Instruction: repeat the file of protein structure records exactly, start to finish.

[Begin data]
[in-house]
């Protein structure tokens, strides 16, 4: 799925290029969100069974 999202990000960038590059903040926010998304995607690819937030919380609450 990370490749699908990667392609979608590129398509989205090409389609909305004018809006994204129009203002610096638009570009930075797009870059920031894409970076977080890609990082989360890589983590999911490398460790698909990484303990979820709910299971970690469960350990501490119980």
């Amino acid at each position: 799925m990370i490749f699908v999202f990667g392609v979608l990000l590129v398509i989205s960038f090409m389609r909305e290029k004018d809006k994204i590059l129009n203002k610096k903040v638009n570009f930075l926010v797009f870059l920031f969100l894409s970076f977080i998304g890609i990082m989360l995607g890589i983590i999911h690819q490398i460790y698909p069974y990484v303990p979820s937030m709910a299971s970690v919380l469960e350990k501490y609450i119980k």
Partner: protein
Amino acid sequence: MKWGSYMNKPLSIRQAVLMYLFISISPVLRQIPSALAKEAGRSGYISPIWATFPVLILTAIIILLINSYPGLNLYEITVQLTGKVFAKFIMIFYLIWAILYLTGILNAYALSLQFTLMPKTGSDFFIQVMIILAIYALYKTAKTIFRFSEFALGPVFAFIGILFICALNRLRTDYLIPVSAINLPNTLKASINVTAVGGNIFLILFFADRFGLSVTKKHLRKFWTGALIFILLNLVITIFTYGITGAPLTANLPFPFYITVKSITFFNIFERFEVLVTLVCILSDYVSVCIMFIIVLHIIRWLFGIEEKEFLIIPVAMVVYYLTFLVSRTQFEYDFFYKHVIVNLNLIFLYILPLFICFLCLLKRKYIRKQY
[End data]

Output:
[in-house]
């Protein structure tokens, strides 16, 4: 799925290029969100069974 999202990000960038590059903040926010998304995607690819937030919380609450 990370490749699908990667392609979608590129398509989205090409389609909305004018809006994204129009203002610096638009570009930075797009870059920031894409970076977080890609990082989360890589983590999911490398460790698909990484303990979820709910299971970690469960350990501490119980």
């Amino acid at each position: 799925m990370i490749f699908v999202f990667g392609v979608l990000l590129v398509i989205s960038f090409m389609r909305e290029k004018d809006k994204i590059l129009n203002k610096k903040v638009n570009f930075l926010v797009f870059l920031f969100l894409s970076f977080i998304g890609i990082m989360l995607g890589i983590i999911h690819q490398i460790y698909p069974y990484v303990p979820s937030m709910a299971s970690v919380l469960e350990k501490y609450i119980k």
Partner: protein
Amino acid sequence: MKWGSYMNKPLSIRQAVLMYLFISISPVLRQIPSALAKEAGRSGYISPIWATFPVLILTAIIILLINSYPGLNLYEITVQLTGKVFAKFIMIFYLIWAILYLTGILNAYALSLQFTLMPKTGSDFFIQVMIILAIYALYKTAKTIFRFSEFALGPVFAFIGILFICALNRLRTDYLIPVSAINLPNTLKASINVTAVGGNIFLILFFADRFGLSVTKKHLRKFWTGALIFILLNLVITIFTYGITGAPLTANLPFPFYITVKSITFFNIFERFEVLVTLVCILSDYVSVCIMFIIVLHIIRWLFGIEEKEFLIIPVAMVVYYLTFLVSRTQFEYDFFYKHVIVNLNLIFLYILPLFICFLCLLKRKYIRKQY